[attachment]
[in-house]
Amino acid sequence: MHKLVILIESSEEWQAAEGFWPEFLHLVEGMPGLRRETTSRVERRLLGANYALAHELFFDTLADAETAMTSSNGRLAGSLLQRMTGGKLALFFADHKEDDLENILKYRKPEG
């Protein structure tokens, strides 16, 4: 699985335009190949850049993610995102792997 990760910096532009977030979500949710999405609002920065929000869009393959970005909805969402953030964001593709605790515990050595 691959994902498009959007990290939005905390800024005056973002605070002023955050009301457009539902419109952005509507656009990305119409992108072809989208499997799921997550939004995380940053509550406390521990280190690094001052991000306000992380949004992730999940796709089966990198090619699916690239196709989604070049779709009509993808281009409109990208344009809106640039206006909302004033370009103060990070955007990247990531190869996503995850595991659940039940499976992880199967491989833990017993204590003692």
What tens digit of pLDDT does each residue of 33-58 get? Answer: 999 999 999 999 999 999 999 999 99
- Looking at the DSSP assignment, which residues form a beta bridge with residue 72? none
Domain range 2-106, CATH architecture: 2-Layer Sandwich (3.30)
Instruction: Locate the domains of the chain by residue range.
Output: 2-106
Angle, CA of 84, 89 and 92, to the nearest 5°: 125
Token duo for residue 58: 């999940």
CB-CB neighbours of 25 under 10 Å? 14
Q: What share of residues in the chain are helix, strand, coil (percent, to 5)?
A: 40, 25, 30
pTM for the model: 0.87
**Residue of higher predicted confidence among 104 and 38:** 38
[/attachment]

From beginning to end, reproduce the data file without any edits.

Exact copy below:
[in-house]
Amino acid sequence: MHKLVILIESSEEWQAAEGFWPEFLHLVEGMPGLRRETTSRVERRLLGANYALAHELFFDTLADAETAMTSSNGRLAGSLLQRMTGGKLALFFADHKEDDLENILKYRKPEG
């Protein structure tokens, strides 16, 4: 699985335009190949850049993610995102792997 990760910096532009977030979500949710999405609002920065929000869009393959970005909805969402953030964001593709605790515990050595 691959994902498009959007990290939005905390800024005056973002605070002023955050009301457009539902419109952005509507656009990305119409992108072809989208499997799921997550939004995380940053509550406390521990280190690094001052991000306000992380949004992730999940796709089966990198090619699916690239196709989604070049779709009509993808281009409109990208344009809106640039206006909302004033370009103060990070955007990247990531190869996503995850595991659940039940499976992880199967491989833990017993204590003692």
What tens digit of pLDDT does each residue of 33-58 get? Answer: 999 999 999 999 999 999 999 999 99
- Looking at the DSSP assignment, which residues form a beta bridge with residue 72? none
Domain range 2-106, CATH architecture: 2-Layer Sandwich (3.30)
Instruction: Locate the domains of the chain by residue range.
Output: 2-106
Angle, CA of 84, 89 and 92, to the nearest 5°: 125
Token duo for residue 58: 């999940």
CB-CB neighbours of 25 under 10 Å? 14
Q: What share of residues in the chain are helix, strand, coil (percent, to 5)?
A: 40, 25, 30
pTM for the model: 0.87
**Residue of higher predicted confidence among 104 and 38:** 38